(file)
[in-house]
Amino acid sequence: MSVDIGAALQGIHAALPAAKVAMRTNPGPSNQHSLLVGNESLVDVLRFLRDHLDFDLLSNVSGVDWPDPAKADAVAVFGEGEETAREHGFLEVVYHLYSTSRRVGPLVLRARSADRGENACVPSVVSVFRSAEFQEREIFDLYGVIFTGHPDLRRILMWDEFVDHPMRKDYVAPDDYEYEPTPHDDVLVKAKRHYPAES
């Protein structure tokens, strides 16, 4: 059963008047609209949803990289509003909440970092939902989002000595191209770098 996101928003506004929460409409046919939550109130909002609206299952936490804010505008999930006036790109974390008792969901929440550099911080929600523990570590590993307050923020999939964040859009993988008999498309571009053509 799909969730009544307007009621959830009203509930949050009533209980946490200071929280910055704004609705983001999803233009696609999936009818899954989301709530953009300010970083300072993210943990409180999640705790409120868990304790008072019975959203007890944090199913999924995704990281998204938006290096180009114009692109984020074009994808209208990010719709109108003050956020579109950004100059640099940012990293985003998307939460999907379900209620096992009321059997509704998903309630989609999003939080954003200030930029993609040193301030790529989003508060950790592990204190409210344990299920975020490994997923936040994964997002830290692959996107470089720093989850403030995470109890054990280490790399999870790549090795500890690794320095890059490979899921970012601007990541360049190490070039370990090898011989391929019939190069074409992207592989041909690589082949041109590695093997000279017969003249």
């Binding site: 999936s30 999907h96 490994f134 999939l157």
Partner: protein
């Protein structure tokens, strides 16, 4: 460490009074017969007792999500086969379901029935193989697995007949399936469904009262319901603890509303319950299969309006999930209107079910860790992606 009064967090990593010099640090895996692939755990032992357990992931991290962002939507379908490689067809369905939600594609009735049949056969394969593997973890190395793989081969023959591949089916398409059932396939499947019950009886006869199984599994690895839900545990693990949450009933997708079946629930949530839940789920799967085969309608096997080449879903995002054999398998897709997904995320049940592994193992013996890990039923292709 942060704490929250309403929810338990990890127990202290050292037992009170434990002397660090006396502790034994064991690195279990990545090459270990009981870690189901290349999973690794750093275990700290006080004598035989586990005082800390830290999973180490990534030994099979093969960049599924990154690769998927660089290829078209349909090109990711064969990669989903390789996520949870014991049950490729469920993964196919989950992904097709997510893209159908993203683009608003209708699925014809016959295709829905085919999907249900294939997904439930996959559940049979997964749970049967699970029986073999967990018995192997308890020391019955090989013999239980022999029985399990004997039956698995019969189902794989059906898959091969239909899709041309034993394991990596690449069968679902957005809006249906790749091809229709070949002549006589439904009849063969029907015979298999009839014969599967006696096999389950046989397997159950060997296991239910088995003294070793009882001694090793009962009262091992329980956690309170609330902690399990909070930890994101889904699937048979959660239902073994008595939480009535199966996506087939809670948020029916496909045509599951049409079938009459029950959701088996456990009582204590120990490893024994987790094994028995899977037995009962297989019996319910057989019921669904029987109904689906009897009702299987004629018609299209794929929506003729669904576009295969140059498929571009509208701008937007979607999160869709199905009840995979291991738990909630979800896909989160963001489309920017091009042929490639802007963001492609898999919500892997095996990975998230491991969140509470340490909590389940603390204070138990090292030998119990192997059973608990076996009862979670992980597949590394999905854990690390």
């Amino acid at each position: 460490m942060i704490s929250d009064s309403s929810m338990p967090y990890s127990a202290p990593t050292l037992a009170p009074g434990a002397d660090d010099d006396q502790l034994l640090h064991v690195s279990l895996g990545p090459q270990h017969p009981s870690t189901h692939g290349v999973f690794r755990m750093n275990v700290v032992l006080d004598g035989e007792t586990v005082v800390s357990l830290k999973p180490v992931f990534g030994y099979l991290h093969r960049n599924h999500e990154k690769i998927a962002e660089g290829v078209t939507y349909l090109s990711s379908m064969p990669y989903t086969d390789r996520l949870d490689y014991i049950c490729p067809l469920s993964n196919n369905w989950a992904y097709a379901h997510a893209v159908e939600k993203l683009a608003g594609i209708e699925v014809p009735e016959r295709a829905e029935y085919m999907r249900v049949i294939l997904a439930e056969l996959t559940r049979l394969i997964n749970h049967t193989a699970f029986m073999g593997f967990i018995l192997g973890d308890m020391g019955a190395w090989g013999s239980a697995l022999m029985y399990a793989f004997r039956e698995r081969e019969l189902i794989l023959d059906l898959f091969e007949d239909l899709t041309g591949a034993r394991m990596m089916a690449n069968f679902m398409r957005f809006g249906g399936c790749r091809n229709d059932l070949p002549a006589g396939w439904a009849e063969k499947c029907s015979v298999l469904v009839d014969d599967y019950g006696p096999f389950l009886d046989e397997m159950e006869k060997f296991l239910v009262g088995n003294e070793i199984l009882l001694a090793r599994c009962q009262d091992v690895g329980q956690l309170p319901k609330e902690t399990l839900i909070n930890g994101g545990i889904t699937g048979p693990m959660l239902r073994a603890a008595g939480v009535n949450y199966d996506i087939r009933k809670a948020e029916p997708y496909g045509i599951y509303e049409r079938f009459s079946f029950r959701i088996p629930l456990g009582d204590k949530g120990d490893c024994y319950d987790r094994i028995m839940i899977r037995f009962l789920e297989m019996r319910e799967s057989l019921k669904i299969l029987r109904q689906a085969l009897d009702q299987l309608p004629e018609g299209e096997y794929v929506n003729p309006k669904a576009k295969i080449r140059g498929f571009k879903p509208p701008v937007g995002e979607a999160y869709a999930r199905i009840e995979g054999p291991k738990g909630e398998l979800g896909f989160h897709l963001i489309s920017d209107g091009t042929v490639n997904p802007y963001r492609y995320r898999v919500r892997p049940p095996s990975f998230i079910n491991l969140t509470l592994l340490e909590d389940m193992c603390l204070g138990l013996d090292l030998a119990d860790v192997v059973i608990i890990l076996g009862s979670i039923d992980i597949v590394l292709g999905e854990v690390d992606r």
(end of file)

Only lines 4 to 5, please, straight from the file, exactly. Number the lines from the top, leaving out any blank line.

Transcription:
């Binding site: 999936s30 999907h96 490994f134 999939l157």
Partner: protein